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[aprssig] USB, Underwear, Washing Machines, and Serial Ports

Kent Hufford khufford at comcast.net
Wed May 28 22:25:42 UTC 2008

When I got into "computers" in the early 1980's, someone said to "Never buy
a computer from a store that sells underwear or washing machines." Don't
remember who that was. The idea at the time was to not buy a "PC junior"
from SEARS big box store. 


For some time, I had the impression that PC's, especially laptops cannot be
purchased with SERIAL ports anymore, just has USB ports. With the help of
some of the APRS forums, I found out that Toshiba, Dell, and HP do sell
laptops with real serial ports. still. Nice ones to great ones.


However, I went looking at Best Buy, Circuit City, Staples, even Micro
Center. None of them sold any of the three brands with serial ports. (Two of
the four stores sell washing machines <g>)


I could find them on the internet, mostly direct from them. Not the consumer
level that Best Buy sells, but "business/tech class". 


Yea, in the end, all of us will be USB.  Right now, many of us are SERIAL
people stuck in a USB world.  


The best things in life might be a GPS that has a serial port and a USB port
and a new laptop with serial ports.


I do like  my new D710. 






 Below, from Steve Smith, is a VERY good overview as to why you cannot just
connect a USB device to a serial port wanting device, that is not a


"As has been pointed out repeatedly on numerous APRS-related lists, USB  GPS
devices are *unusable* with standalone non-PC hardware like TNCs, TinyTraks,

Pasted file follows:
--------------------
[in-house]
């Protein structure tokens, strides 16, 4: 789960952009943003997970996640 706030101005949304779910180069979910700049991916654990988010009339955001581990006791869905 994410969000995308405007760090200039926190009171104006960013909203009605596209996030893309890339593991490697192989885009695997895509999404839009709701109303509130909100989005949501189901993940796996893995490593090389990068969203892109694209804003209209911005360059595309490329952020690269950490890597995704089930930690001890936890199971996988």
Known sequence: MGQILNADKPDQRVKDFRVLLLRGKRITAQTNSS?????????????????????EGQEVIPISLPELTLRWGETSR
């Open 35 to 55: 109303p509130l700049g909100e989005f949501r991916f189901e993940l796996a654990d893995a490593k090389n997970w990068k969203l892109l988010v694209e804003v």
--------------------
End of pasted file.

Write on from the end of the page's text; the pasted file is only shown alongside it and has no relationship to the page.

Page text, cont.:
Kenwood APRS radios, etc. 

There is no simple way to convert USB to serial. USB is a protocol  with a
master/slave relationship (normally referred to as host & client) in the
hardware. USB devices always require a full-blown computer or  equivalent on
the master end running a complex multi-level stack of  software to assign
USB devices an identity and to communicate with  them. You cannot connect a
non-computer USB "slave" device directly to  another non-computer slave
device. There must always be a computer "master" in the loop. You cannot
just wire two differently-shaped  connectors together. 

You would have to insert the equivalent of a small PC(or at least  something
with the computing "horsepower" of a PDA or smart phone; i.e.  many times
the capability of the Ti nyTrak or GPS CPU) typically running  Windows or
Linux between the GPS and a TT to do this conversion. 

Note that the common USB<-->serial converter cables a.k.a. "dongles" are
always plugged into a COMPUTER host or master; not another non-computer
device like a GPS, printer, modem, etc. 

Further, note the nature of USB cables. The wide, flat so-called "A"
connector always plugs into the computer host or master. The smaller  square
plug with beveled edges (a.k.a. "B" connector) always faces the  client or
slave device. The two different shaped plugs (rather than just male/female
versions of the same plug) are purposely intended to prevent users from
connecting two slaves or two masters directly to each  other.


Stephen H. Smith wa8lmf (at) aol.com"

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